1. Nanostructure LEDs
*Nanorod LED arrays from device physics to device characterizations
2. Nonpolar/Semipolar LEDs
3. AlN/GaN templates for epi-growth
1. Transistor protein sensors
2. Nanorod/nanowire cancer cell probes
1. Device design, fabrication and characterizations
2. Circuit design, fabrication and characterizations
3. Stress/reliability analysis
1. GaN Schottky barrier diodes on Si substrate
2. E-mode/D-mode GaN HEMTs on Si substrate
JianJang Huang received the B.S. degree in Electrical Engineering (EE) and the M.S. degree in Graduate Institute of Photonics and Optoelectronics (GIPO) from National Taiwan University (NTU), Taipei, Taiwan, in 1994 and 1996, respectively, and the Ph.D. degree in Electrical Engineering from the University of Illinois, Urbana-Champaign, in 2002. In Illinois, he demonstrated the first real working GaN-based HBTs with common emitter current gain 11 at room temperature and 31 at 175K in 2000. He also demonstrated a novel Asymmetric Fabry-Perot Modulator for optical communications. He had worked with WJ (Watkins Johnson) Communications in California, as a Staff Scientist from 2002 to 2004. He was in charge of the development of GaAs HBTs for power amplifiers (PAs) and the benchmark of GaAs MESFET PA yield rate in the production line. He then came back to Taiwan and joined the faculty members at NTU EE and GIPO in 2004.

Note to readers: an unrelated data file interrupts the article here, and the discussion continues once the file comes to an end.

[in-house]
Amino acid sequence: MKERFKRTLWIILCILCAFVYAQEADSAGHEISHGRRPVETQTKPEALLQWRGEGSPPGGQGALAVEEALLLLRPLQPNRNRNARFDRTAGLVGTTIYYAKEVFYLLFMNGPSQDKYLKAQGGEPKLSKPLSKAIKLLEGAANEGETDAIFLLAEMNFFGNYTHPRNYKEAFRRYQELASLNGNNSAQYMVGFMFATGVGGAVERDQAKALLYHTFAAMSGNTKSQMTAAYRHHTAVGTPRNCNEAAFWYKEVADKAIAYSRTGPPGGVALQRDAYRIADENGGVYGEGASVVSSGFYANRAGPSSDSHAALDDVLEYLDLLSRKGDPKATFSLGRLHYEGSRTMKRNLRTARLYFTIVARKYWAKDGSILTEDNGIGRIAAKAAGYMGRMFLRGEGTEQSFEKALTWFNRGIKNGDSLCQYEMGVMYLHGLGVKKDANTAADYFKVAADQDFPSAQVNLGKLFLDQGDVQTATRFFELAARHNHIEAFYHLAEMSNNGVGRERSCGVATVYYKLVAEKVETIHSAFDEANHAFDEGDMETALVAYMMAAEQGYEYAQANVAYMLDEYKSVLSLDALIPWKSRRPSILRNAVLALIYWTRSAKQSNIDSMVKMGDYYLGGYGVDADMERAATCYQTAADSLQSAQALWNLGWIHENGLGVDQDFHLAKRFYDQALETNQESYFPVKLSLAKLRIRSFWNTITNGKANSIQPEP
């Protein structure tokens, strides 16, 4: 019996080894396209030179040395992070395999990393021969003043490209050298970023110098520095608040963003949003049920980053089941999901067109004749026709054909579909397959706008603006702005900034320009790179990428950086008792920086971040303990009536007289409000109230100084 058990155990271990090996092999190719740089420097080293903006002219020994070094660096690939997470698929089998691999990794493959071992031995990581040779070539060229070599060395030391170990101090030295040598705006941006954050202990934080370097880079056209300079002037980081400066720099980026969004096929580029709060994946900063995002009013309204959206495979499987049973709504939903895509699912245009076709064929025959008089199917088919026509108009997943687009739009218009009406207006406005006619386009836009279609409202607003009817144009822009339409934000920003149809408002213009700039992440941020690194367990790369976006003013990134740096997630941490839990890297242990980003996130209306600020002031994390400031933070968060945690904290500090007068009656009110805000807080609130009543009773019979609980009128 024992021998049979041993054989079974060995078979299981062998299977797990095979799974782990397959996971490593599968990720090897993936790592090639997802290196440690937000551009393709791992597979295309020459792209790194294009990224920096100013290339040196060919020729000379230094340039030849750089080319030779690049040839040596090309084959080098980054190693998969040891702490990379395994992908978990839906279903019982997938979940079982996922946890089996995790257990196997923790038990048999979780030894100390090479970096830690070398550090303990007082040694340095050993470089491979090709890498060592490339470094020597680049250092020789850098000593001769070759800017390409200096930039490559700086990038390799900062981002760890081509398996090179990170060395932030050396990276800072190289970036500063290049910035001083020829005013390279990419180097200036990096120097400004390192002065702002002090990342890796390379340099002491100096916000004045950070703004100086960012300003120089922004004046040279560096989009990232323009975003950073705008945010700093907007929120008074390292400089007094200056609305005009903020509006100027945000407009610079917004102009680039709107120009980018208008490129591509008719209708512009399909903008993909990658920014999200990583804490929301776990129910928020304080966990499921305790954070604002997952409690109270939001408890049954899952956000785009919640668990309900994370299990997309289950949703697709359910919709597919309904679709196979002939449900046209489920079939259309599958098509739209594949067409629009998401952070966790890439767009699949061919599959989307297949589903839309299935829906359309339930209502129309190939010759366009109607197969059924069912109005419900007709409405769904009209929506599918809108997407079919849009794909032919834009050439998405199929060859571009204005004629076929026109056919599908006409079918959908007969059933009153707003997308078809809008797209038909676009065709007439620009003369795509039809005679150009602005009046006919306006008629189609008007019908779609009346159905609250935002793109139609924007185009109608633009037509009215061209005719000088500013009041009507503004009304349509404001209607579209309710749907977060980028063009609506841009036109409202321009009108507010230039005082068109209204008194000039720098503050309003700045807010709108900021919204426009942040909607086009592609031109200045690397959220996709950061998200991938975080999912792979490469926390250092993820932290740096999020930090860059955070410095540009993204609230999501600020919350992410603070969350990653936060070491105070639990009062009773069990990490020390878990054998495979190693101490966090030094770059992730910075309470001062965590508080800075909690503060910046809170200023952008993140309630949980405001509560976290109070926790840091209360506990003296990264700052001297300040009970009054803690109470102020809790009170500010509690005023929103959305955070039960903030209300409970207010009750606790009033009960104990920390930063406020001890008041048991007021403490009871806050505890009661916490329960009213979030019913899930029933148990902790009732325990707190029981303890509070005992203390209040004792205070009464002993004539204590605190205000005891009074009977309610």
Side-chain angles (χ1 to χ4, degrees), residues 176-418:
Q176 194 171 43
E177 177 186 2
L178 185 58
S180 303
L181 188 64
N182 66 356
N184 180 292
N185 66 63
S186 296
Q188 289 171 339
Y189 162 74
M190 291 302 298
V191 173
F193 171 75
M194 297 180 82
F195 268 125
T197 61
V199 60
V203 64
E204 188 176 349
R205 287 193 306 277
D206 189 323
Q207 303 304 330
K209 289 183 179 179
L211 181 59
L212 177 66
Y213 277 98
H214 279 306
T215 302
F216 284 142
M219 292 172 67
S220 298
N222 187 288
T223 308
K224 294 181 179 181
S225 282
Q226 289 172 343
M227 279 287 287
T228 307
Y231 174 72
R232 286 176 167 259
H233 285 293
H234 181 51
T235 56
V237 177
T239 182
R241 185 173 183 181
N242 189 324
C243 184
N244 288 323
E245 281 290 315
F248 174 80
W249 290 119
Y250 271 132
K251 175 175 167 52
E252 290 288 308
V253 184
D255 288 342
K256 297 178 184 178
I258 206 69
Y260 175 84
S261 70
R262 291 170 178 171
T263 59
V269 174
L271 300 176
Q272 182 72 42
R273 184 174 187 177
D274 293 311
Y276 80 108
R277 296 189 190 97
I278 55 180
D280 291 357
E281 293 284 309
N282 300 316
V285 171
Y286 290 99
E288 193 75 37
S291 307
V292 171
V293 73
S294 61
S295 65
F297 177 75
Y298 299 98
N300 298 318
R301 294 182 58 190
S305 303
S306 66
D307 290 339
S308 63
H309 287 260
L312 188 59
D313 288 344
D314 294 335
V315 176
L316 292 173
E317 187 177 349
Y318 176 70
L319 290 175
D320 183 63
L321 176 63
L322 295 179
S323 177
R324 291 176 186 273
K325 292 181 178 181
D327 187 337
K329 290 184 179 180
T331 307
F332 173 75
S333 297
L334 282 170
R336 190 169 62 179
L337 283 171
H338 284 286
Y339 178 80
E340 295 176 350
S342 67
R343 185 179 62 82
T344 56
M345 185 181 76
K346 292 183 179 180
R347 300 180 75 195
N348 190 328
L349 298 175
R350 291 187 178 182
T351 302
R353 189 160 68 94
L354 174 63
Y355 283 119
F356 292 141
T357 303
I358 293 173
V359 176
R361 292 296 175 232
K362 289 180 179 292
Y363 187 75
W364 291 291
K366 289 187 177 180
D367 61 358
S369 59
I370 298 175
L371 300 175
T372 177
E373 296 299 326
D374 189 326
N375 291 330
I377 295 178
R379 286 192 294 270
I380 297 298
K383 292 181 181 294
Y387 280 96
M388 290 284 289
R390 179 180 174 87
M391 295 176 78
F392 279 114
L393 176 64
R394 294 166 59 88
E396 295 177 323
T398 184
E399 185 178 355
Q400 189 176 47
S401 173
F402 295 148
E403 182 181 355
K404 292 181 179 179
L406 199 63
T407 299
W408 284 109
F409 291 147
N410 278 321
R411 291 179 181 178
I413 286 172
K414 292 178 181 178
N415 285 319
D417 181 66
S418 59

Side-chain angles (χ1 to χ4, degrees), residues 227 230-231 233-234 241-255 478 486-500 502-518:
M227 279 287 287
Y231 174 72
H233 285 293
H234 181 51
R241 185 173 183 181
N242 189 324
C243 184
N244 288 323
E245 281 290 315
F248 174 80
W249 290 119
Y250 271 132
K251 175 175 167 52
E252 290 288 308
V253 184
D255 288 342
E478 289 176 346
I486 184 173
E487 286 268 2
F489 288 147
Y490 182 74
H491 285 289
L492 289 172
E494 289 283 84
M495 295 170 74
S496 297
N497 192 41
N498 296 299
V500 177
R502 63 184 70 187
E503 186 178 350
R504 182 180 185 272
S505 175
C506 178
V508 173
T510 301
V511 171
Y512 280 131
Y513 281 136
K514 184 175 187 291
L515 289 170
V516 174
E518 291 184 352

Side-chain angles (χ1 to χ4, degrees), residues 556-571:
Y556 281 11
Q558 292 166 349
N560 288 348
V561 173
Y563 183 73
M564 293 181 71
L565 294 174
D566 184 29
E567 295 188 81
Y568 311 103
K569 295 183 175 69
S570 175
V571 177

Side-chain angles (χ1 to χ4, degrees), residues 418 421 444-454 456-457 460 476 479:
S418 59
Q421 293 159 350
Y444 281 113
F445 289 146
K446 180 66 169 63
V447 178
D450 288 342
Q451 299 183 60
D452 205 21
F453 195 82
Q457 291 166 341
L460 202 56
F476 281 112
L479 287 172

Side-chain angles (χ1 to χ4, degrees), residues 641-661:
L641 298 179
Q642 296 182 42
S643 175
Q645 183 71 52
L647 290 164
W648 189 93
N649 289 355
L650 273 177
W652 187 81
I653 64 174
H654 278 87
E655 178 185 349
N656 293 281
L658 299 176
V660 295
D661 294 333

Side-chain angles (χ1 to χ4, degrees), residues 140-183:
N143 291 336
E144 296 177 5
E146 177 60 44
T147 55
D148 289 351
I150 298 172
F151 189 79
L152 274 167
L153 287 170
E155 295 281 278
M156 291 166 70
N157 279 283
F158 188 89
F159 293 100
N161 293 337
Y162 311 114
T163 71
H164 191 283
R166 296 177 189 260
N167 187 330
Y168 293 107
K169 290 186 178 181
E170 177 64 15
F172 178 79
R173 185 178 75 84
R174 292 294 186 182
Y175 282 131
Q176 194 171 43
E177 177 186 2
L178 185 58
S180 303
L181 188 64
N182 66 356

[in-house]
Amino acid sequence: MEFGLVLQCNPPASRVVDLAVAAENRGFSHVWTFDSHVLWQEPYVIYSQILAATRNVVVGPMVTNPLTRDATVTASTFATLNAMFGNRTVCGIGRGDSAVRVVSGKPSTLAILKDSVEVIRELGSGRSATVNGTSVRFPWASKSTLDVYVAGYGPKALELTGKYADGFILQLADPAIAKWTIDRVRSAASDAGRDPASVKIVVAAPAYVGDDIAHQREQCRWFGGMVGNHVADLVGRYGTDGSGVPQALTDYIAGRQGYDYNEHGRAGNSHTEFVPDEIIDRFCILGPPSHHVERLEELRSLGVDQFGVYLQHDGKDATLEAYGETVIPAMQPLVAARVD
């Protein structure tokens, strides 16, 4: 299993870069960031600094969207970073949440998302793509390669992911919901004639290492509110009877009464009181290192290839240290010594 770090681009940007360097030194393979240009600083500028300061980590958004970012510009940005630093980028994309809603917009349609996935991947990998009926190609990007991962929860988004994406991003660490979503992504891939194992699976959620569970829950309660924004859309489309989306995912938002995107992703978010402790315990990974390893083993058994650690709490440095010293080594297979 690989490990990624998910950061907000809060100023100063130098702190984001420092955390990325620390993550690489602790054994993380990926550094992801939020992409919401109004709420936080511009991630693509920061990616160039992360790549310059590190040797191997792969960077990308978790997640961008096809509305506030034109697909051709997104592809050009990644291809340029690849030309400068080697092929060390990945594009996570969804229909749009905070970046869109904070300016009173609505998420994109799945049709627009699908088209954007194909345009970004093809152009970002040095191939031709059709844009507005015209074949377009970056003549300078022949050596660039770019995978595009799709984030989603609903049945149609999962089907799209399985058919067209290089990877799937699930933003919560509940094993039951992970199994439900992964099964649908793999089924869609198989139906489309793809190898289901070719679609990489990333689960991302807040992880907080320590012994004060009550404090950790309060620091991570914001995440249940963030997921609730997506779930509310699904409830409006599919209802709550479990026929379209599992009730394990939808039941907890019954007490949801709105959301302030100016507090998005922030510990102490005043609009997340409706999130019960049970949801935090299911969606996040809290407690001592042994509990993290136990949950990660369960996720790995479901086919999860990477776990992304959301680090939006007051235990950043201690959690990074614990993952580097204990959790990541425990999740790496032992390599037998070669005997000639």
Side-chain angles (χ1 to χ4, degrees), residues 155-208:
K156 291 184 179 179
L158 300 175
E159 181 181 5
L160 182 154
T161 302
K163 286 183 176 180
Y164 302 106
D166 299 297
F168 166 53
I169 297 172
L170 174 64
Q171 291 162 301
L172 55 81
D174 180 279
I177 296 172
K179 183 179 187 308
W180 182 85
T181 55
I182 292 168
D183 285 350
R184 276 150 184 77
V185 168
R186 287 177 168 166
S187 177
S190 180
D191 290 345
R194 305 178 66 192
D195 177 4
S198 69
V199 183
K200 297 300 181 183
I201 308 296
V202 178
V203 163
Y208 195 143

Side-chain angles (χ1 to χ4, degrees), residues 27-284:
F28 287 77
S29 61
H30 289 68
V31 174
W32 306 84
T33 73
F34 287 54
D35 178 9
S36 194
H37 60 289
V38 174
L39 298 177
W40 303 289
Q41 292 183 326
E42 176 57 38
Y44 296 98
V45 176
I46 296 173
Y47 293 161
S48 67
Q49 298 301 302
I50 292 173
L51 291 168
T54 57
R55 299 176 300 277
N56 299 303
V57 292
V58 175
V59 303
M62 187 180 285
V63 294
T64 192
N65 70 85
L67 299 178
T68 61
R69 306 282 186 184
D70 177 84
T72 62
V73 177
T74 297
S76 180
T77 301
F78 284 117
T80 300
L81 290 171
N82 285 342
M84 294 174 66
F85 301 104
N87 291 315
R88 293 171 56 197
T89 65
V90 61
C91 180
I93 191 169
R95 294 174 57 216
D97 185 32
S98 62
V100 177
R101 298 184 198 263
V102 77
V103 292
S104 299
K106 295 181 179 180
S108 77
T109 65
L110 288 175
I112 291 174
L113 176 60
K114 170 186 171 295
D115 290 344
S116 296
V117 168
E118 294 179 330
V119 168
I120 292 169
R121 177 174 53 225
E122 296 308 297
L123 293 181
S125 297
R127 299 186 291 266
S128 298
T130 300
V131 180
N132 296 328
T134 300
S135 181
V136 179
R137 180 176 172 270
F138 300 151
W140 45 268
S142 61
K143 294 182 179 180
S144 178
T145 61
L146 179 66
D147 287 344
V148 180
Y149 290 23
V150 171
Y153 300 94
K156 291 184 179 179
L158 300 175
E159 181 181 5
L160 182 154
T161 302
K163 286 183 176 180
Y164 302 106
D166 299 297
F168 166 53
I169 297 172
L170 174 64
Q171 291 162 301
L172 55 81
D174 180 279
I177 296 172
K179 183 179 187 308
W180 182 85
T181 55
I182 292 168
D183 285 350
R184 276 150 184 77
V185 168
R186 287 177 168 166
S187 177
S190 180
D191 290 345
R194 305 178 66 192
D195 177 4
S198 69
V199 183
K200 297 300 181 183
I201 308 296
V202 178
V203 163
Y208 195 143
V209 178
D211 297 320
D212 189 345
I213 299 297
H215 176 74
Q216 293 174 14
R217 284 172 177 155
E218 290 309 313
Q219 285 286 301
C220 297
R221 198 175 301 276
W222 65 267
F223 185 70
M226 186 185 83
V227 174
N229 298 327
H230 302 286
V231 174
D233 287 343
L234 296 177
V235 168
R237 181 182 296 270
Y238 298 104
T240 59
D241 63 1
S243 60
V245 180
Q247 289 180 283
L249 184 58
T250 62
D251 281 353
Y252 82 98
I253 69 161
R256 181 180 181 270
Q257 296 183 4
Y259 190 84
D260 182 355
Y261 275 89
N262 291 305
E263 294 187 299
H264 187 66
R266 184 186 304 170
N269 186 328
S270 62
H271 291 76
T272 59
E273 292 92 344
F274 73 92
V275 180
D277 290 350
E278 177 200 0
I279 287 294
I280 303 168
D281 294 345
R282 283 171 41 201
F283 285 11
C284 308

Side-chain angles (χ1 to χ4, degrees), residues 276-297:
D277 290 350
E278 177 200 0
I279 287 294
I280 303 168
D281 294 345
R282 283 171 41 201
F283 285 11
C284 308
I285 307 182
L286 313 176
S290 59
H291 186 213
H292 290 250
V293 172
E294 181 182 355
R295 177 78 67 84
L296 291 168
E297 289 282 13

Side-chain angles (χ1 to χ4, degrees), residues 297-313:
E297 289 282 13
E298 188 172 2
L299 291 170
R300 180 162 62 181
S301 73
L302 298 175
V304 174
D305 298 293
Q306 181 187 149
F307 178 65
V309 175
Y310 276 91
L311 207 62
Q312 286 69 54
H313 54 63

Prof. Huang has devoted to the use of nanostructures for optoelectronic and biophotonic applications. He developed a spin-coating method for nanosphere lithography (NSL) which can be applied to nano-materials or nano-structures for significant performance improvement of light emitting diodes (LEDs), solar cells and nanorod devices. In recent years, he has focused on the research of cancer cell nanoprobes and protein sensors. He and his group bind ZnO and TiO2 nanorods with antibodies for the in vivo and in vitro detection of cancer cells. The IGZO thin films transistors have also been employed as the protein sensors with extremely high sensitivity.
Prof. Huang’s scientific accomplishments have been recognized by numerous awards. He is a member of the Phi Tau Phi Scholastic Honor Society. He received “Wu Da-Yu” award in 2008, the most prestigious one for young researchers in Taiwan sponsored by National Science Council. And in the same year, he received the award for the most excellent young electrical engineer from the Chinese Institute of Electrical Engineering. He is the chair of SPIE (San Diego, CA, USA), International Conference on Solid State Lighting, the board director of Global Communication Semiconductor, Inc. in CA, USA. He currently serves as the Editor in IEEE, Transations on Electron Devices.